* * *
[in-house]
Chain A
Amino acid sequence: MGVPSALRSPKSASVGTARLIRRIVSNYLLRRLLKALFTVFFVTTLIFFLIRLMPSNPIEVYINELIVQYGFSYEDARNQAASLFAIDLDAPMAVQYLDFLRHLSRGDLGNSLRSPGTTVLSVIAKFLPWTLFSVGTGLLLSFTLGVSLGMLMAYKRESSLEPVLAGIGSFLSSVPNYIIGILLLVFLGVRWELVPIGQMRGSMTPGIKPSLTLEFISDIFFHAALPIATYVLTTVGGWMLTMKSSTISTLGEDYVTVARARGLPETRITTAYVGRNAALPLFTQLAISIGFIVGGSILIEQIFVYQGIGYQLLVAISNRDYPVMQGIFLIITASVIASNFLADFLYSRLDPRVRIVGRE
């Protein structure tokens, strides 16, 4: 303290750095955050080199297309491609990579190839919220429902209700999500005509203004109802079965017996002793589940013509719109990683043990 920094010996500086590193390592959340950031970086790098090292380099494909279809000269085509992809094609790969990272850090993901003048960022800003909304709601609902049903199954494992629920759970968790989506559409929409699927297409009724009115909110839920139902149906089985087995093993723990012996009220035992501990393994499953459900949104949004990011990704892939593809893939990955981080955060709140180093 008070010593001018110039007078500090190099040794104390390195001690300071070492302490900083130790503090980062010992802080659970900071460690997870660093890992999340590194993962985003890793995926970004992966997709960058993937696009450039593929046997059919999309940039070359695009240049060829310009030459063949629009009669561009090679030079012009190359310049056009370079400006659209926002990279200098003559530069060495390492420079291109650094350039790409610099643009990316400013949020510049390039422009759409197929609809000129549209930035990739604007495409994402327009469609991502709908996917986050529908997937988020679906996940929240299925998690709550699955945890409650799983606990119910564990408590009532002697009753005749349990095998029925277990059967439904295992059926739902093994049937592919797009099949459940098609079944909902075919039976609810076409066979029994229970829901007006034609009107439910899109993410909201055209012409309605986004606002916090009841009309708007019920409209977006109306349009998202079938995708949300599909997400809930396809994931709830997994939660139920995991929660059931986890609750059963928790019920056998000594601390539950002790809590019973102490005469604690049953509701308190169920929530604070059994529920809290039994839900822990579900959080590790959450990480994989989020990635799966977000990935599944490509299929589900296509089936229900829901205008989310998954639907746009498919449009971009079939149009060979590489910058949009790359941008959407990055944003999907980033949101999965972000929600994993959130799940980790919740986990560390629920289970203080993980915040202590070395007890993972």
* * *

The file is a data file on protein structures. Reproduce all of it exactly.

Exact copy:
[in-house]
Chain A
Amino acid sequence: MGVPSALRSPKSASVGTARLIRRIVSNYLLRRLLKALFTVFFVTTLIFFLIRLMPSNPIEVYINELIVQYGFSYEDARNQAASLFAIDLDAPMAVQYLDFLRHLSRGDLGNSLRSPGTTVLSVIAKFLPWTLFSVGTGLLLSFTLGVSLGMLMAYKRESSLEPVLAGIGSFLSSVPNYIIGILLLVFLGVRWELVPIGQMRGSMTPGIKPSLTLEFISDIFFHAALPIATYVLTTVGGWMLTMKSSTISTLGEDYVTVARARGLPETRITTAYVGRNAALPLFTQLAISIGFIVGGSILIEQIFVYQGIGYQLLVAISNRDYPVMQGIFLIITASVIASNFLADFLYSRLDPRVRIVGRE
């Protein structure tokens, strides 16, 4: 303290750095955050080199297309491609990579190839919220429902209700999500005509203004109802079965017996002793589940013509719109990683043990 920094010996500086590193390592959340950031970086790098090292380099494909279809000269085509992809094609790969990272850090993901003048960022800003909304709601609902049903199954494992629920759970968790989506559409929409699927297409009724009115909110839920139902149906089985087995093993723990012996009220035992501990393994499953459900949104949004990011990704892939593809893939990955981080955060709140180093 008070010593001018110039007078500090190099040794104390390195001690300071070492302490900083130790503090980062010992802080659970900071460690997870660093890992999340590194993962985003890793995926970004992966997709960058993937696009450039593929046997059919999309940039070359695009240049060829310009030459063949629009009669561009090679030079012009190359310049056009370079400006659209926002990279200098003559530069060495390492420079291109650094350039790409610099643009990316400013949020510049390039422009759409197929609809000129549209930035990739604007495409994402327009469609991502709908996917986050529908997937988020679906996940929240299925998690709550699955945890409650799983606990119910564990408590009532002697009753005749349990095998029925277990059967439904295992059926739902093994049937592919797009099949459940098609079944909902075919039976609810076409066979029994229970829901007006034609009107439910899109993410909201055209012409309605986004606002916090009841009309708007019920409209977006109306349009998202079938995708949300599909997400809930396809994931709830997994939660139920995991929660059931986890609750059963928790019920056998000594601390539950002790809590019973102490005469604690049953509701308190169920929530604070059994529920809290039994839900822990579900959080590790959450990480994989989020990635799966977000990935599944490509299929589900296509089936229900829901205008989310998954639907746009498919449009971009079939149009060979590489910058949009790359941008959407990055944003999907980033949101999965972000929600994993959130799940980790919740986990560390629920289970203080993980915040202590070395007890993972």